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Thread: Crane collapses due to bad rigging - GIF

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    Altair's Avatar
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    baja (07-11-2020), dubbby (07-09-2020), NortonDommi (07-10-2020), Scotty12 (07-11-2020), Tonyg (07-10-2020)

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    Supporting Member IntheGroove's Avatar
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    IntheGroove's Tools
    Rigging fail chain reaction...

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    Why do we never see the end of these videos?

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    Cos the videographer believes in self preservation.

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    Supporting Member Toolmaker51's Avatar
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    Fail #1 , engineer of panel correctly sizing/ locating hardware to volume and dimension of concrete.
    Fail #2 How do these "riggers" and "crane operators" make such a lift without seeing ALL the weight go to bear on the upper shackles and cable? There was plenty of time to clear out, or stop and lower.

    PS. Seems clear shackle or cable seizing on upper right gave way first. Did that wave of energy flip lift cable off it's sheave, did the boom collapse, or hook then fail? At 15'' you see the spreader or boom tip hit the ground! Epic, catastrophic component failures.
    And parts of crew don't even clear out as far possible. InTheGroove's "chain reaction" a perfect assessment.
    Last edited by Toolmaker51; 07-10-2020 at 08:29 AM.
    Sincerely,
    Toolmaker51
    ...we'll learn more by wandering than searching...

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    Supporting Member NortonDommi's Avatar
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    This was in the news this morning: https://home.nzcity.co.nz/news/article.aspx?id=314830
    I keep well clear of the drop zone around lifts - best laid plans of mice and men and all that.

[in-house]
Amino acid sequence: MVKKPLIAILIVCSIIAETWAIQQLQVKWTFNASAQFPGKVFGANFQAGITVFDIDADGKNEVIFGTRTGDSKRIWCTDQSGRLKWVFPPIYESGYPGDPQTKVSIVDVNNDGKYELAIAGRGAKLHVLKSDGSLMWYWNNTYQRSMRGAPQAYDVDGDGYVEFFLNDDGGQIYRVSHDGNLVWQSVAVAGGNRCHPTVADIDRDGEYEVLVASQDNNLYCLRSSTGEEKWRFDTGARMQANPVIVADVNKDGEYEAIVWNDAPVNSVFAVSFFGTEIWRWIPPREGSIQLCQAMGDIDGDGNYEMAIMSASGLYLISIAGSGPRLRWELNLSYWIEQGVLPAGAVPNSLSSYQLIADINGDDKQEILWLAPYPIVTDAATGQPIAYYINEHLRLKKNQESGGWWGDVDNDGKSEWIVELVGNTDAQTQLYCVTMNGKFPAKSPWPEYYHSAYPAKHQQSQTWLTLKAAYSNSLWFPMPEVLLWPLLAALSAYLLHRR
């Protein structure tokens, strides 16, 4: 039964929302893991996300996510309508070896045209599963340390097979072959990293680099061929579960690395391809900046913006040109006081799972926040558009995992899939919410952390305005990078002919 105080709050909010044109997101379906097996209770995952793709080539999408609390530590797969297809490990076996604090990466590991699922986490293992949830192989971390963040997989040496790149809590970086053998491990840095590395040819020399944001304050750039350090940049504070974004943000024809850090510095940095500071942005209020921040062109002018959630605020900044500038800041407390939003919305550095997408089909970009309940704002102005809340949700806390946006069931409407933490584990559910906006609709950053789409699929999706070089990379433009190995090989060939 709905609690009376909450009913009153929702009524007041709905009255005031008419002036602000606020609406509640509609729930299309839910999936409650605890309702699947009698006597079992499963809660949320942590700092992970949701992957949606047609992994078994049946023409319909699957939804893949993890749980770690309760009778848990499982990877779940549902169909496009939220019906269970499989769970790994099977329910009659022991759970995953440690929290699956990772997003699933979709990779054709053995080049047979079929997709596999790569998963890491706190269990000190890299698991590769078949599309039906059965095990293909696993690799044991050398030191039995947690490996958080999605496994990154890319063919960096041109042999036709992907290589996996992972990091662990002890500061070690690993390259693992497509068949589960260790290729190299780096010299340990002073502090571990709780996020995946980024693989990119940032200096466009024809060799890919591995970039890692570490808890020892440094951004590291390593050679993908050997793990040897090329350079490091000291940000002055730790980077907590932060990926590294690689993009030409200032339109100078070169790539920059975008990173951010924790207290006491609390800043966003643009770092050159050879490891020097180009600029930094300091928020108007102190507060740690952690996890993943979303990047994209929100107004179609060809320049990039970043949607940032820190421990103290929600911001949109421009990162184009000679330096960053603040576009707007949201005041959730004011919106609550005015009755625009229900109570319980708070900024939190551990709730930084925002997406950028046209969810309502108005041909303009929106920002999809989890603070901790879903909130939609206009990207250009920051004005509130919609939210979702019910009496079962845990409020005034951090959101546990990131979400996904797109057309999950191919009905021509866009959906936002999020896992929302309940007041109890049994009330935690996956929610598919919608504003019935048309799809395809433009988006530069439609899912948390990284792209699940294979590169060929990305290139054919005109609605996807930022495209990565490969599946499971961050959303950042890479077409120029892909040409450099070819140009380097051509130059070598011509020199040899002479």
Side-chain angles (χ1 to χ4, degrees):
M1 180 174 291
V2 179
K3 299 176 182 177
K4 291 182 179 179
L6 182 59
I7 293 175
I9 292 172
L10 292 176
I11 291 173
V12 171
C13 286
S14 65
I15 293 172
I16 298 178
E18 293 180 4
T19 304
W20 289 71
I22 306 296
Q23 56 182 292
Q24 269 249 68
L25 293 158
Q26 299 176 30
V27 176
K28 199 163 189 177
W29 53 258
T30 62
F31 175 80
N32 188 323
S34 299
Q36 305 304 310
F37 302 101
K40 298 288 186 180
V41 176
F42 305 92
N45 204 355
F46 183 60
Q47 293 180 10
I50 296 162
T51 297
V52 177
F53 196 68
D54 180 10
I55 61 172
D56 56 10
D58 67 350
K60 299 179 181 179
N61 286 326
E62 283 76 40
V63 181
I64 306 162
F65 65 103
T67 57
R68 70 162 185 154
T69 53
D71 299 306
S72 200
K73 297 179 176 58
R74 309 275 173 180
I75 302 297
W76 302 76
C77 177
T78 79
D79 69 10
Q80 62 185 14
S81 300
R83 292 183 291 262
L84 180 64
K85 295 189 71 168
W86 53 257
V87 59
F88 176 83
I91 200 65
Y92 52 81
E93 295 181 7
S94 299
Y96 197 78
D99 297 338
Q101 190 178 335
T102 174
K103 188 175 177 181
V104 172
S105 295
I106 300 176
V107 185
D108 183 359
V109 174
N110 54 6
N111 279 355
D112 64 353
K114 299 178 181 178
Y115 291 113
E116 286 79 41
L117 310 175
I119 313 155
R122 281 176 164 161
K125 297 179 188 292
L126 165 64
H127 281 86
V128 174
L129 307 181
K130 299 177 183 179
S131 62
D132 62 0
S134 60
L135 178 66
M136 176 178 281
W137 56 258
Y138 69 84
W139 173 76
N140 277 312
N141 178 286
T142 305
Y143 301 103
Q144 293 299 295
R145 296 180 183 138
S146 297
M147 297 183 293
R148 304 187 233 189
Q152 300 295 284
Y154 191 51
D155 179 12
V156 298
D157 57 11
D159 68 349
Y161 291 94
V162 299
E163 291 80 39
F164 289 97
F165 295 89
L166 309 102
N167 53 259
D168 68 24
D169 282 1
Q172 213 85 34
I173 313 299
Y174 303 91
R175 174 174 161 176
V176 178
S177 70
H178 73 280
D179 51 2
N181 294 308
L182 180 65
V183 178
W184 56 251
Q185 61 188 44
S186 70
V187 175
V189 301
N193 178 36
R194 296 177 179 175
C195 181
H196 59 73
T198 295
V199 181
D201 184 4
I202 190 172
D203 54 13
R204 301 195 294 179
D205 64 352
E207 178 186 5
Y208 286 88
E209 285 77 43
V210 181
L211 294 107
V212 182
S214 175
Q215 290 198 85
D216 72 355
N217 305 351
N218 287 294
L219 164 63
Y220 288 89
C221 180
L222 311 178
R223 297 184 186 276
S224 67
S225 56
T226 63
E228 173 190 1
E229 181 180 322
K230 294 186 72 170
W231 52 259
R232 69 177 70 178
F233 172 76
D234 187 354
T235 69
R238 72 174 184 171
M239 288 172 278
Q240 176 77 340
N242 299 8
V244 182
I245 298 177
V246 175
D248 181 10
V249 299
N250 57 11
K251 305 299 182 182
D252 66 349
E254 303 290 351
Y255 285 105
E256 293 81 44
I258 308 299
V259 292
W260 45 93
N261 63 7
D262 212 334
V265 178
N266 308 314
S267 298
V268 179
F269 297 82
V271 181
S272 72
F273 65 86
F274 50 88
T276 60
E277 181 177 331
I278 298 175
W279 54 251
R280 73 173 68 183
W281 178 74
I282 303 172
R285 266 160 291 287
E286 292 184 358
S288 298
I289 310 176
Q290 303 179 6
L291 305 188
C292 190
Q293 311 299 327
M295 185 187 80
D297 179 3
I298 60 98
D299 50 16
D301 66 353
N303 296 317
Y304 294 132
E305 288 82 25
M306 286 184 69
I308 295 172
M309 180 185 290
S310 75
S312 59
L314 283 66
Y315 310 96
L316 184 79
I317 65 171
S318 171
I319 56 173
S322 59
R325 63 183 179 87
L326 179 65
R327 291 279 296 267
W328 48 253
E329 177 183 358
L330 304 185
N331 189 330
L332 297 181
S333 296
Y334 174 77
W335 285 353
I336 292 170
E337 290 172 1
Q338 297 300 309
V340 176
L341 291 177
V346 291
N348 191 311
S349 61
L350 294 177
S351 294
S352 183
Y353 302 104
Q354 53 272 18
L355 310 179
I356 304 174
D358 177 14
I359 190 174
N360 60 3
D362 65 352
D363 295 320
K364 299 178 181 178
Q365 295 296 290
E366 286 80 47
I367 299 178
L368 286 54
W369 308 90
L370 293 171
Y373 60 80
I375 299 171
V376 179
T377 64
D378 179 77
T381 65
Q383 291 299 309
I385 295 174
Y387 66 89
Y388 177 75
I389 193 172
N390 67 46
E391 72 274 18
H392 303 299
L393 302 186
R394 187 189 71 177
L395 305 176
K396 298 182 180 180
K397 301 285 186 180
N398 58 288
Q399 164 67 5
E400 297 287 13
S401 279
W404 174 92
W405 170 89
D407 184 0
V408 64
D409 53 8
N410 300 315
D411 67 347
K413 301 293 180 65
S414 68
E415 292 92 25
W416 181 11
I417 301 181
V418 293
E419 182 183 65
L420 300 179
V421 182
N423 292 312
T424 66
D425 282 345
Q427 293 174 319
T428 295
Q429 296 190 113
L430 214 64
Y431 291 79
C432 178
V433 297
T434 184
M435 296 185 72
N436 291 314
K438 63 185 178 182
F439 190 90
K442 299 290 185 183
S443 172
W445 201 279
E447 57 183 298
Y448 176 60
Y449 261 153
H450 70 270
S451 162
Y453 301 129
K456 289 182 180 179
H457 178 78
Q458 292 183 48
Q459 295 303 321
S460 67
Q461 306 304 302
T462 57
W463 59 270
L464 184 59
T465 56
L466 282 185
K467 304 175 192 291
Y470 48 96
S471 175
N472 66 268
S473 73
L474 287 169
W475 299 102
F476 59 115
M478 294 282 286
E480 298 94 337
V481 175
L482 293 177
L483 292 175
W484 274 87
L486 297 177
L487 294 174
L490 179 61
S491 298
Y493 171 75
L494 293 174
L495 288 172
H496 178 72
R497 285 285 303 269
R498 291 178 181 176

There are preventable 'accidents', mother nature and acts of the Gods.

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    Supporting Member NeiljohnUK's Avatar
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    I write LOLER lifting plans for similarly off-centre/angled loads, that the anchor point tore out/sheared should have been allowed for as a potential failure as such side-loading is well known to cause such failures. Too many people too close is bad site management control, the pendulum effect was entirely predictable even if everything had stayed connected, I'd even bet the crane loading calc's didn't allow for the weight of the spreader beam or the 2 chain brothers.
    Last edited by NeiljohnUK; 07-10-2020 at 06:33 AM.

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    mlochala's Tools

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    It always amazes me how people stand (or are allowed to) in dangerous places when equipment is being lifted. I do engineering consultancy in a lot of large steel plant and often see their employees walking under plates that are being lifted - not sure what they think their hard hat could contain, apart from a crumpled body. It is the old adage that familiarity breeds contempt.
    I have also witnessed some nasty accidents at sites and a few deaths - all were unnecessary.

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    Supporting Member VinnieL's Avatar
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    When I was a cop, I never stood around a towtruck winching a car or lifting a vehicle.
    The steel cables on a tow truck under that kind of tension if they break, can turn into a deadly whip that could take someone's head right off.
    We've all seen nylon tow ropes and steel chains break and go right through the back window of a truck cab.

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